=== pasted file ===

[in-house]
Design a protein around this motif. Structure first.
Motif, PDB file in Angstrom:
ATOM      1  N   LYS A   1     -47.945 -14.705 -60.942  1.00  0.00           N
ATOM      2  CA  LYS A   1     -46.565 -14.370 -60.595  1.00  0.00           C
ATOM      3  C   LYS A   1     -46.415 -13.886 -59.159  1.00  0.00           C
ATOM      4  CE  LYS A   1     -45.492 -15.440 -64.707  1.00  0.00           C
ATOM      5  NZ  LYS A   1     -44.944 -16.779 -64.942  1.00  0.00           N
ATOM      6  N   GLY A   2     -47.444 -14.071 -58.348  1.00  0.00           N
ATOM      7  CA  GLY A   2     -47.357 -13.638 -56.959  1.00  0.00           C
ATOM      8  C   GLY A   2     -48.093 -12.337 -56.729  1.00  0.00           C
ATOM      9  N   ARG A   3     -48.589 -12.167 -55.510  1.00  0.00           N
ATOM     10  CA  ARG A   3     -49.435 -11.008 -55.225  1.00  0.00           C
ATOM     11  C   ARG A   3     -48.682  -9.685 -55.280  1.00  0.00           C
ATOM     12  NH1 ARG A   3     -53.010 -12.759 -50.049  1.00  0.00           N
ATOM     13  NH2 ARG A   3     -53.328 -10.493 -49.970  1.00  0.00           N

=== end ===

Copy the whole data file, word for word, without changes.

[in-house]
Design a protein around this motif. Structure first.
Motif, PDB file in Angstrom:
ATOM      1  N   LYS A   1     -47.945 -14.705 -60.942  1.00  0.00           N
ATOM      2  CA  LYS A   1     -46.565 -14.370 -60.595  1.00  0.00           C
ATOM      3  C   LYS A   1     -46.415 -13.886 -59.159  1.00  0.00           C
ATOM      4  CE  LYS A   1     -45.492 -15.440 -64.707  1.00  0.00           C
ATOM      5  NZ  LYS A   1     -44.944 -16.779 -64.942  1.00  0.00           N
ATOM      6  N   GLY A   2     -47.444 -14.071 -58.348  1.00  0.00           N
ATOM      7  CA  GLY A   2     -47.357 -13.638 -56.959  1.00  0.00           C
ATOM      8  C   GLY A   2     -48.093 -12.337 -56.729  1.00  0.00           C
ATOM      9  N   ARG A   3     -48.589 -12.167 -55.510  1.00  0.00           N
ATOM     10  CA  ARG A   3     -49.435 -11.008 -55.225  1.00  0.00           C
ATOM     11  C   ARG A   3     -48.682  -9.685 -55.280  1.00  0.00           C
ATOM     12  NH1 ARG A   3     -53.010 -12.759 -50.049  1.00  0.00           N
ATOM     13  NH2 ARG A   3     -53.328 -10.493 -49.970  1.00  0.00           N